The Islamic period. Permissibility of taking good omens from people’s names or chance events has support not only in literary sources (Dīnavarī, p. 282; Sūzanī, p. 446) but also in some compendia of prophetic traditions (ʿAbd al-Bāqī, III, p. 71; Qomī, II, p.102; Kolaynī, II, p. 246; Balāḡī, p. 307). There exist, however, other traditions according to which taking bad omens from random events is prohibited (e.g., ʿĀmelī, II, pp. 193-94). The author of Ketāb al-wāfī writes that whereas seeking guidance (esteḵāra) from God by means of the Koran is permissible, divination (tafaʾʾol) is not permissible because through it the diviner seeks to gain knowledge of future events, which is an ability reserved for God (apud Balāgī, p. 307; cf. Ḥakamī, pp. 161-62; Ḵarāʾeṭī, pp. 270, 274-75). Shiʿite scholars generally look down upon divination, considering it an irrational if not impious act (ʿĀmelī, II, p. 193; Balāḡī, pp. 306-07; Kolaynī, I, p. 370 tradition 235; Fahd, pp. 195-204). Moḥammad b. Monnawar (pp. 26-27, 175) describes the manner of divination by the Koran. It seems that divination was carried over into Islam from a pre-Islamic tradition (Bayhaqī, II, pp. 10, 212).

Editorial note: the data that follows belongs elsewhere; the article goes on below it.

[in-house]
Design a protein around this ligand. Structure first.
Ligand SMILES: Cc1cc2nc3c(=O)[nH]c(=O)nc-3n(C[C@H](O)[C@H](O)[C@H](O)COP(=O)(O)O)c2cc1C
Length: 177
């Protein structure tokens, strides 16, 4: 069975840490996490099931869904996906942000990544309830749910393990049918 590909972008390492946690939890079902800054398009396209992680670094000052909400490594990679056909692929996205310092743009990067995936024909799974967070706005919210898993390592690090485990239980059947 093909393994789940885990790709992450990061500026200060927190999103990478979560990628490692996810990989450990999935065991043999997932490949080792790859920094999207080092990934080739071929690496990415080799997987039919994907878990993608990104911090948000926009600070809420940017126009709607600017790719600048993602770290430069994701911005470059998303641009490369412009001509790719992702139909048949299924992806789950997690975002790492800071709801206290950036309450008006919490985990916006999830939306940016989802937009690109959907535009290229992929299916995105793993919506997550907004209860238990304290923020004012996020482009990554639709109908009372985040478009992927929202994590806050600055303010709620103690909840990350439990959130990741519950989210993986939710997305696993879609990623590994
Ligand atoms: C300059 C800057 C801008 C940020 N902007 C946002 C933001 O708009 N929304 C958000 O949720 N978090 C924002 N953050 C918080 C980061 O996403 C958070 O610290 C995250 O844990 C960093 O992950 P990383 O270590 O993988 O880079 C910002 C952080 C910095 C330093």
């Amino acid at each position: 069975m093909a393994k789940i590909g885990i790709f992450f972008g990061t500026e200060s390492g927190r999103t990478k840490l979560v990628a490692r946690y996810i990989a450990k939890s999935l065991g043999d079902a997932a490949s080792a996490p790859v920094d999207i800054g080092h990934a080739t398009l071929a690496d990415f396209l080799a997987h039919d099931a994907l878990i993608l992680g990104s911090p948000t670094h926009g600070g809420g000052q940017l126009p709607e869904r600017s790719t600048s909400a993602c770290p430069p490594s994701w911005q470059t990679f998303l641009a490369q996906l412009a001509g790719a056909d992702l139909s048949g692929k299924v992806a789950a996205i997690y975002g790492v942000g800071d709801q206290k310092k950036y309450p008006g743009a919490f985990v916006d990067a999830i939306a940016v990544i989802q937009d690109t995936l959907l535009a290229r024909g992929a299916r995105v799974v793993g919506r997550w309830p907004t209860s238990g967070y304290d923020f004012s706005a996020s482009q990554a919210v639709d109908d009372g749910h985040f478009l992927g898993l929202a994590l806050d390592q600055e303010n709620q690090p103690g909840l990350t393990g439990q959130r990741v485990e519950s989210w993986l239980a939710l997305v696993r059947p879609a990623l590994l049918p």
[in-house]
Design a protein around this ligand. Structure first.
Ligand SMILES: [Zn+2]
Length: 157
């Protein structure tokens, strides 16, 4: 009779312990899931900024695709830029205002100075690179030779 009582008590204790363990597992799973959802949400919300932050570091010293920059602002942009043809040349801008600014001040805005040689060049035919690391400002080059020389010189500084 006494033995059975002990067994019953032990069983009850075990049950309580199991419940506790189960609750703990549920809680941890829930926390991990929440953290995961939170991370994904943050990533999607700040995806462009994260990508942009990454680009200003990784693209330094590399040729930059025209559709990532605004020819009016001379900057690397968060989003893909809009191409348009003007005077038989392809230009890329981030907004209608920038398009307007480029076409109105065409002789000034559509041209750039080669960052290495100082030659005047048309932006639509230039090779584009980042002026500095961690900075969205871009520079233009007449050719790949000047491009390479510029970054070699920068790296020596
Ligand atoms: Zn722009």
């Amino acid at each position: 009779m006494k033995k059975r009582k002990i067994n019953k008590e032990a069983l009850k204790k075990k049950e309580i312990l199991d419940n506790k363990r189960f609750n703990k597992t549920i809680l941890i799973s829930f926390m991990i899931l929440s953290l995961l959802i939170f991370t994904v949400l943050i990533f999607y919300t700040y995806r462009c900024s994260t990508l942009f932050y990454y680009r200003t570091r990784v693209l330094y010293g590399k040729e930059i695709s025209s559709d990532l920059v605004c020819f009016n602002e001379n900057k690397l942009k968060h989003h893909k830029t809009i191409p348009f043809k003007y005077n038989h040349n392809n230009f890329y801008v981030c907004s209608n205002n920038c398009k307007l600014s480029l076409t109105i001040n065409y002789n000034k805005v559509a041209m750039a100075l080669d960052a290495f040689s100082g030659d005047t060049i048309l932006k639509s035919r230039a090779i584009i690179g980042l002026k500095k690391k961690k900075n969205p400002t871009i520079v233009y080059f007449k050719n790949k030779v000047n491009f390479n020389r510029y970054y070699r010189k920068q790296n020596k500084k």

One of the meanings of the word fāl is reported to have been divination by randomly heard names or words (e.g., Ebn Qotayba, I, p. 146; Ebšīhī, II, pp. 94-5; cf. Baḵtīār-nāma p. 126). The positive form of this kind of divination, which had prophetic and religious approval (Karāʾeṭī, p. 276), reportedly was practiced by many of the early companions of the prophets and especially by Muslim generals engaged in early conquests (e.g., Balāḏorī, Fotūhá, p. 257; Ṯaʿālebī, Ḡorar, p. 739; Dīnavarī, pp. 167, 282; Mostawfī, p. 177). Diviners were popular among the general populace of Persia and could charge their customers for their services (e.g., Čahār maqāla, ed. Qazvīnī, text, pp. 93-94, 102-04; cf. Fozūnī, p. 338).